On one end of the chain a seller could have a change of heart and decide not to sell, or at the other end a buyer may not be able to get a mortgage. Or perhaps a property could have structural problems.
Property chains have so many elements, including estate agents, mortgage lenders, legal firms and surveyors. They can all be part of a chain and so there is a chance that your chain could break down and you could lose money.
A broken chain
A property chain breaks when either a seller or a buyer pulls out prior to exchange. This can be pulling out of either a sale or a purchase. This can very easily result in sales throughout the entire chain falling through, unless their place in the property chain is replaced by someone else.
A broken property chain can leave both the buyer and seller significantly out of pocket. Currently there are no laws in the UK that stop a buyer or seller withdrawing from the deal prior to the contract being signed. Some of the costs that could affect you in this scenario are legal, conveyancing and survey costs.
In most instances a property chain break is seen as a bad occurrence, although there are some cases where if a seller or buyer pulls out prior to exchange it can be somewhat beneficial. For example, you may get out of a long chain and be able to move faster as there are less people to agree on a completion date. There may also be an opportunity to get more money for your current property, get a lower price on your onward buy. There are perks to being a buyer or seller in a proceedable position and it’s important to leverage these when you can.
There are times when breaking the property chain and taking control of it can be advantageous and mean that it’s more likely that your transaction will go through to completion, because there is less chance of something to go wrong. A long chain relies on so many things, including finances, surveys and timings. Clearly a smaller chain has a better chance of going smoothly.
A controlled chain break can retain the transaction for you and others in the chain, and sometimes you can take the decision to sell your property and temporarily move into rented accommodation or with family to do this.
Minimising the chance of a property chain break
There are many reasons why a house sale may fall through, especially when there is a long property chain involved. To help you lessen the chance of a chain break, here’s a list of the main reasons why a seller or buyer pulls out prior to exchange:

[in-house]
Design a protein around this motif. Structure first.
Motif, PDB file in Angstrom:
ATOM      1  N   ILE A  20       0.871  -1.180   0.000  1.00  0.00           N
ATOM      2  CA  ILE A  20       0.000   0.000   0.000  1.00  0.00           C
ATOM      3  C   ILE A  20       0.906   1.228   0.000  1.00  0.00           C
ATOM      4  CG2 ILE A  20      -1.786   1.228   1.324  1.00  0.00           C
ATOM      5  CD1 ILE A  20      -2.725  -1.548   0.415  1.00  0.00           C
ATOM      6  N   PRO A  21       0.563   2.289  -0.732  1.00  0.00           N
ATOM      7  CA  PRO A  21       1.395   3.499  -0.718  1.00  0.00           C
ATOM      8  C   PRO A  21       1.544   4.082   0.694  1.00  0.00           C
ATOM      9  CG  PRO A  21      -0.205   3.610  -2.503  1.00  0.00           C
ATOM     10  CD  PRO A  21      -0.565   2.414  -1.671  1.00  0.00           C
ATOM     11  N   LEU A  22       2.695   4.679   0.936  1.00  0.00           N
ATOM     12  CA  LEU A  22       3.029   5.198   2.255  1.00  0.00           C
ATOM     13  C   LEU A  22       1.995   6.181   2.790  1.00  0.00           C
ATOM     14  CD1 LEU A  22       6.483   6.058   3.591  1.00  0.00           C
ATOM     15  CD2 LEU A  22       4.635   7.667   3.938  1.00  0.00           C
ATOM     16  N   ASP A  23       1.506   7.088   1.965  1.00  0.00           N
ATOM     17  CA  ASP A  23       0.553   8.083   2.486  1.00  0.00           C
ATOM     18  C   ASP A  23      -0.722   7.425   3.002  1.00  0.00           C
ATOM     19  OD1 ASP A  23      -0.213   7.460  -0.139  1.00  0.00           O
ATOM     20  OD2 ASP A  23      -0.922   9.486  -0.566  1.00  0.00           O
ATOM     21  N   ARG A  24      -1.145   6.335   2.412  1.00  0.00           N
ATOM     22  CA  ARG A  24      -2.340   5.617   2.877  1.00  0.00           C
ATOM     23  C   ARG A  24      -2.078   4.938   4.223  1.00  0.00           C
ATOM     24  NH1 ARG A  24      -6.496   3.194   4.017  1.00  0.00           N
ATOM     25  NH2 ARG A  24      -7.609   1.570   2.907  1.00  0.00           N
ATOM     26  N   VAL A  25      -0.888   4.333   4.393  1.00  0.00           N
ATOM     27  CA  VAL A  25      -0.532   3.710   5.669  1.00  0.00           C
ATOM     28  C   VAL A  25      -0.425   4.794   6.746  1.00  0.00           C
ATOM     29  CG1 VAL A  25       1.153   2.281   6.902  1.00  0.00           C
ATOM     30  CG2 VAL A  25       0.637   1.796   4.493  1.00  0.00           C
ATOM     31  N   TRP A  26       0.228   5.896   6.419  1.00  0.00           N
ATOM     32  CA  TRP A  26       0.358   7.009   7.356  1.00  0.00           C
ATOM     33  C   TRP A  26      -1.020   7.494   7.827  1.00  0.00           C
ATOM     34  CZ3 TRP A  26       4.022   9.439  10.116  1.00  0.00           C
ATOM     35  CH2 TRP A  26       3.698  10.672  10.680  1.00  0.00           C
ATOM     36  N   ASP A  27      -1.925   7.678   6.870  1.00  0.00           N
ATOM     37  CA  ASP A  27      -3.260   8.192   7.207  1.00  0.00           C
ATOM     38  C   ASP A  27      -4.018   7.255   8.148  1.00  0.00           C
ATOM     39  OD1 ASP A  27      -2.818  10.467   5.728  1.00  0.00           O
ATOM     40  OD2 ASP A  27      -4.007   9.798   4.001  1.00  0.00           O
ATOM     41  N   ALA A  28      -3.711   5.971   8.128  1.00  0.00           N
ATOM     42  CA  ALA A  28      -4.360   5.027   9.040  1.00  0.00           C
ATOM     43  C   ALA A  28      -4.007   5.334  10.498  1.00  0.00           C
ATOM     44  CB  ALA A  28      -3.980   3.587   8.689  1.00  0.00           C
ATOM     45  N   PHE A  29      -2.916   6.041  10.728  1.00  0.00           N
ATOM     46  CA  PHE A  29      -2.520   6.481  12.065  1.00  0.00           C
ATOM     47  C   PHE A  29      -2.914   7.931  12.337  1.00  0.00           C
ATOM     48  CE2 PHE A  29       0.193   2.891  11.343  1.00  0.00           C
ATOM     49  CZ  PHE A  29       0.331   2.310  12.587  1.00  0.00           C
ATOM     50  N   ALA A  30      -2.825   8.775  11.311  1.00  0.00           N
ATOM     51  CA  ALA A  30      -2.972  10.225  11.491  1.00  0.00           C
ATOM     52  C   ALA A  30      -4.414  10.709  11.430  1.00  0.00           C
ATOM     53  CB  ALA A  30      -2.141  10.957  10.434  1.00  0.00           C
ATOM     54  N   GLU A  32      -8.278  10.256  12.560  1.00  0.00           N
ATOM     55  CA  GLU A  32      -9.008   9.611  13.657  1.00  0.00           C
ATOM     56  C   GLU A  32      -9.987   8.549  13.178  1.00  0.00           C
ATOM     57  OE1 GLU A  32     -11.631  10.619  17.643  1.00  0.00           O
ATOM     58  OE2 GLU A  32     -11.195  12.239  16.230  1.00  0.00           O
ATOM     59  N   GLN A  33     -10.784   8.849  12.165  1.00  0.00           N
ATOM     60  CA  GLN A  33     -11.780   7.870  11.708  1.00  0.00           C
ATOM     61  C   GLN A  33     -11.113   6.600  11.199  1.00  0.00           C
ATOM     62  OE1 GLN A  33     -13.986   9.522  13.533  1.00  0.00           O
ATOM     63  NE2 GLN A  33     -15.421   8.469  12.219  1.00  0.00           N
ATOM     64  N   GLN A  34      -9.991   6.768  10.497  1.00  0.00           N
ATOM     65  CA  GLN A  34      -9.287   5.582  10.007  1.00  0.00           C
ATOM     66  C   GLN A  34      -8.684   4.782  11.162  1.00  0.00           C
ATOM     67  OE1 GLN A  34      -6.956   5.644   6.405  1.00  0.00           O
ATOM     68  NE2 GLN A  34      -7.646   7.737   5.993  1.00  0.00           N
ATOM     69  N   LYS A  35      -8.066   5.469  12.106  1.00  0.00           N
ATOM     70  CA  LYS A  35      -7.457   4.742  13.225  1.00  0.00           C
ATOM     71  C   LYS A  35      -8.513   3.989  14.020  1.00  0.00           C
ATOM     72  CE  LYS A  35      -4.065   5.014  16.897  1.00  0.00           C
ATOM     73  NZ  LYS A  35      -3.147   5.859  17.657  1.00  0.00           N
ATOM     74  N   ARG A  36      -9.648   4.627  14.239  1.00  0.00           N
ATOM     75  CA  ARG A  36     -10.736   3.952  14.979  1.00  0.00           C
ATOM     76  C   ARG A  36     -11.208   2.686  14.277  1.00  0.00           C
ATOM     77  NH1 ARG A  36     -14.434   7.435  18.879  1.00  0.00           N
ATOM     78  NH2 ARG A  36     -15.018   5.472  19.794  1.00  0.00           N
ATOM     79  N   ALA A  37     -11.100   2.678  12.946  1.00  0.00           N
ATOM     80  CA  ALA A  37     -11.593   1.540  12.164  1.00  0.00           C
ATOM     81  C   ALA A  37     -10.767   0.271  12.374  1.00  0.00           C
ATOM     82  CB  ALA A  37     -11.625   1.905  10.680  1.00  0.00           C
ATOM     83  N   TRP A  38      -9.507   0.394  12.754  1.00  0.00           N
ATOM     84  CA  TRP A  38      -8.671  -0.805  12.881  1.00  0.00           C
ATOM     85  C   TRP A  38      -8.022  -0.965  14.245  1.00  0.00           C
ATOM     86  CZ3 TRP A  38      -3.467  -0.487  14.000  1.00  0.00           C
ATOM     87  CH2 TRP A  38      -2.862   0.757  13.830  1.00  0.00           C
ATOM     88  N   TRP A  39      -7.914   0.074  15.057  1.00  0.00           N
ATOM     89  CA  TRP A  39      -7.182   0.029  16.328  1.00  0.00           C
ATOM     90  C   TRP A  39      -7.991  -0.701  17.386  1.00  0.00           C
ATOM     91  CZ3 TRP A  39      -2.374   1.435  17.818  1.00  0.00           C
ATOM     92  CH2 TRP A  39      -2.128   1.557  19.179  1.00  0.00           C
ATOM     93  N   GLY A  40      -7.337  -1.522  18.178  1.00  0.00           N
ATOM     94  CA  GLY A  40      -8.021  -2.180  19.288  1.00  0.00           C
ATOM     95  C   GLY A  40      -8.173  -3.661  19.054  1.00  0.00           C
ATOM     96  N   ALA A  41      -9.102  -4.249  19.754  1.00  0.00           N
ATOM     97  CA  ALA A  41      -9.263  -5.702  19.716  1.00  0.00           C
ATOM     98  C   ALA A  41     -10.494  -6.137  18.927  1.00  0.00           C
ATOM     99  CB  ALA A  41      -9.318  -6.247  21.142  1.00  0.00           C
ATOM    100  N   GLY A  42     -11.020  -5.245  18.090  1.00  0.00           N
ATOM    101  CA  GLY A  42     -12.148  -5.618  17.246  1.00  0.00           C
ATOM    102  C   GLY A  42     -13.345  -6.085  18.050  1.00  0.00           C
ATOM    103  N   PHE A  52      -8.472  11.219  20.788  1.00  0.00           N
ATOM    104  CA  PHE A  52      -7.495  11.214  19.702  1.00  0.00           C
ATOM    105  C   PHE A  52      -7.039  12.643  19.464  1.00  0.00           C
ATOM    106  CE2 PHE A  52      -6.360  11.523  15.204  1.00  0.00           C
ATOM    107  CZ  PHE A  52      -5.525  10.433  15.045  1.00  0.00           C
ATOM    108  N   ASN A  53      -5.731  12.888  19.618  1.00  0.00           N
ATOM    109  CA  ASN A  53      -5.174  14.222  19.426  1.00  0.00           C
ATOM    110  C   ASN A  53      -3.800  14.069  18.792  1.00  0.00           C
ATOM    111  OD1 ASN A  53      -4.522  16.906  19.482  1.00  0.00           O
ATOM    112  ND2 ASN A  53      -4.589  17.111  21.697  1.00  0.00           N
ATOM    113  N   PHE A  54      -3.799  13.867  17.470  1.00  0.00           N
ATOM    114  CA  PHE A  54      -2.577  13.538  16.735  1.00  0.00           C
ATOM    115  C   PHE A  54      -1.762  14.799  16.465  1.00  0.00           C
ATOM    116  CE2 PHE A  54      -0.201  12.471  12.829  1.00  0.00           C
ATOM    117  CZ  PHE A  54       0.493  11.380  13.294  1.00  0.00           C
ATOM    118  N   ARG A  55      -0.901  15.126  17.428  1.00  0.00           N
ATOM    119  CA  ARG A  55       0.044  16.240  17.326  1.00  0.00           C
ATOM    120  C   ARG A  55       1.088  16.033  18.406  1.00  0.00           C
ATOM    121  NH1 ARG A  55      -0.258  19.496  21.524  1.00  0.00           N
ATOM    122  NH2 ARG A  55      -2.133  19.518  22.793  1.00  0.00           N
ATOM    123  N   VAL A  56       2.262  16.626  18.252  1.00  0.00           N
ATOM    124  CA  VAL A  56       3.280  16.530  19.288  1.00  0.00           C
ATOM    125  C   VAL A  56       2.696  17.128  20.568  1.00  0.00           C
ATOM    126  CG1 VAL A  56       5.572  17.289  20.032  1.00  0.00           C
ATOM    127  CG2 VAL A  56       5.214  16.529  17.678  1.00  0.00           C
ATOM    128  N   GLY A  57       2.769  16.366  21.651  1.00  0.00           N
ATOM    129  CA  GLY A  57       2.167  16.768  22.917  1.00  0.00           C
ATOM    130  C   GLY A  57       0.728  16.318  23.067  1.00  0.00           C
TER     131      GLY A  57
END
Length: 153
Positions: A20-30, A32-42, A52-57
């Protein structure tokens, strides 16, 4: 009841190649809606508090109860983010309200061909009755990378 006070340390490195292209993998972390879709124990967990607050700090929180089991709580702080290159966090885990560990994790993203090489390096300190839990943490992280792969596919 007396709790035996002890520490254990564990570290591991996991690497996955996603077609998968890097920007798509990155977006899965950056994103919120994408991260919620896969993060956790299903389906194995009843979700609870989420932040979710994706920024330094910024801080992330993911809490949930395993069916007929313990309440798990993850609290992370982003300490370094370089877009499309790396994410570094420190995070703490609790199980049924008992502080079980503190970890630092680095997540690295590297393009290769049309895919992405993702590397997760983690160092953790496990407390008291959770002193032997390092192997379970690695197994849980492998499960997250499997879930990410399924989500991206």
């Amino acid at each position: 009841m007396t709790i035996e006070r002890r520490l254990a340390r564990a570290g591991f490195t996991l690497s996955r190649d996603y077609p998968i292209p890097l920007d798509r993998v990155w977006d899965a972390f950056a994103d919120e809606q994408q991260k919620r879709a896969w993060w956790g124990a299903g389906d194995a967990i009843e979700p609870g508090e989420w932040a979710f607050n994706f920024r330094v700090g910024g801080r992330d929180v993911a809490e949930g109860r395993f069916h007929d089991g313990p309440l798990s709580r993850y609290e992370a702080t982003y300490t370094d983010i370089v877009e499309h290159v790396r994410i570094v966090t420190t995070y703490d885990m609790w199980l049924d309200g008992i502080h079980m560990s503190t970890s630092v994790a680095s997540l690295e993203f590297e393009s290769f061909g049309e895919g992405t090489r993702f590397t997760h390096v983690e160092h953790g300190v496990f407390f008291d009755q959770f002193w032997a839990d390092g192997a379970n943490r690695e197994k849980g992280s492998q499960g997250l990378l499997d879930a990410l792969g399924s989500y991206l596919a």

People can experience hard times and find themselves unable to pay for a property, causing them to pull out. This can be due to all kinds of reasons, including job loss, a change in circumstances. It’s important to check out every buyer who makes an offer to find yourself a reliable buyer. That way it will be far less likely that your buyer will pull out before exchange.
Can’t find an onward move
Buying a new home is a major decision and while some people may sell their house subject to contract, if they can’t find the right house to move to it may cause them to wait until the right property comes along or even pull out of the chain prior to exchange.
Keep it real
When borrowing money to purchase a property an assessment is made to see how capable a borrower is on making repayments. It’s important not to exaggerate here as it may mean pulling out of a purchase and a chain collapsing.
Some people are just indecisive – they just can’t make a decision and will look at property after property. It’s important you watch out for these people when moving as they can cause chains to collapse. Offers are only legally binding after a sale has exchanged and serial timewasters can just pull out before exchange.
Surveys cause property chains to break down. In some instances the sale continues. This may be because you have to accept a lower offer from your buyer, take out a different product from your lender, or pay an increased interest rate. However, your buyer may pull out, leaving you having to find a replacement. You may have to seek alternative lending and even break the chain yourself if you can’t secure the lending